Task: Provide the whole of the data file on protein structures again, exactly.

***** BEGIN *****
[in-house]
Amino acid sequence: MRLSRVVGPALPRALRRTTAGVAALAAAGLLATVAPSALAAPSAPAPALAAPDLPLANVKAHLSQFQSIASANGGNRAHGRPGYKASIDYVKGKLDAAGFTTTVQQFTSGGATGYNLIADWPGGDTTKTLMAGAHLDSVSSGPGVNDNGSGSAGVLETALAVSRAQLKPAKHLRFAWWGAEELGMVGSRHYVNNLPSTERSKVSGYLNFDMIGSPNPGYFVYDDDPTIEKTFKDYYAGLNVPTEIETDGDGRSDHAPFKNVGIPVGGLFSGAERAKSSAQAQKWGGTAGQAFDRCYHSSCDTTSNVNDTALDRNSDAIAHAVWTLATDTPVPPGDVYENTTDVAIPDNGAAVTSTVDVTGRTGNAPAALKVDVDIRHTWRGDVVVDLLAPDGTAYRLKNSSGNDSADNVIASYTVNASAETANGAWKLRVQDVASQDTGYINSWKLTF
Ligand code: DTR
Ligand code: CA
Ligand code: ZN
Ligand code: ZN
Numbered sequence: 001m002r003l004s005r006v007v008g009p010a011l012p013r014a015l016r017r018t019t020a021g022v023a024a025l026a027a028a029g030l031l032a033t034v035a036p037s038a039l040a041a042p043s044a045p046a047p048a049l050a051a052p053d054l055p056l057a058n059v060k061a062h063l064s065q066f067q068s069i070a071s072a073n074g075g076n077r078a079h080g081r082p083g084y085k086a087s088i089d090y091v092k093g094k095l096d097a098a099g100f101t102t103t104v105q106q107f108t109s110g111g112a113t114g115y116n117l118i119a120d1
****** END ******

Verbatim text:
[in-house]
Amino acid sequence: MRLSRVVGPALPRALRRTTAGVAALAAAGLLATVAPSALAAPSAPAPALAAPDLPLANVKAHLSQFQSIASANGGNRAHGRPGYKASIDYVKGKLDAAGFTTTVQQFTSGGATGYNLIADWPGGDTTKTLMAGAHLDSVSSGPGVNDNGSGSAGVLETALAVSRAQLKPAKHLRFAWWGAEELGMVGSRHYVNNLPSTERSKVSGYLNFDMIGSPNPGYFVYDDDPTIEKTFKDYYAGLNVPTEIETDGDGRSDHAPFKNVGIPVGGLFSGAERAKSSAQAQKWGGTAGQAFDRCYHSSCDTTSNVNDTALDRNSDAIAHAVWTLATDTPVPPGDVYENTTDVAIPDNGAAVTSTVDVTGRTGNAPAALKVDVDIRHTWRGDVVVDLLAPDGTAYRLKNSSGNDSADNVIASYTVNASAETANGAWKLRVQDVASQDTGYINSWKLTF
Ligand code: DTR
Ligand code: CA
Ligand code: ZN
Ligand code: ZN
Numbered sequence: 001m002r003l004s005r006v007v008g009p010a011l012p013r014a015l016r017r018t019t020a021g022v023a024a025l026a027a028a029g030l031l032a033t034v035a036p037s038a039l040a041a042p043s044a045p046a047p048a049l050a051a052p053d054l055p056l057a058n059v060k061a062h063l064s065q066f067q068s069i070a071s072a073n074g075g076n077r078a079h080g081r082p083g084y085k086a087s088i089d090y091v092k093g094k095l096d097a098a099g100f101t102t103t104v105q106q107f108t109s110g111g112a113t114g115y116n117l118i119a120d1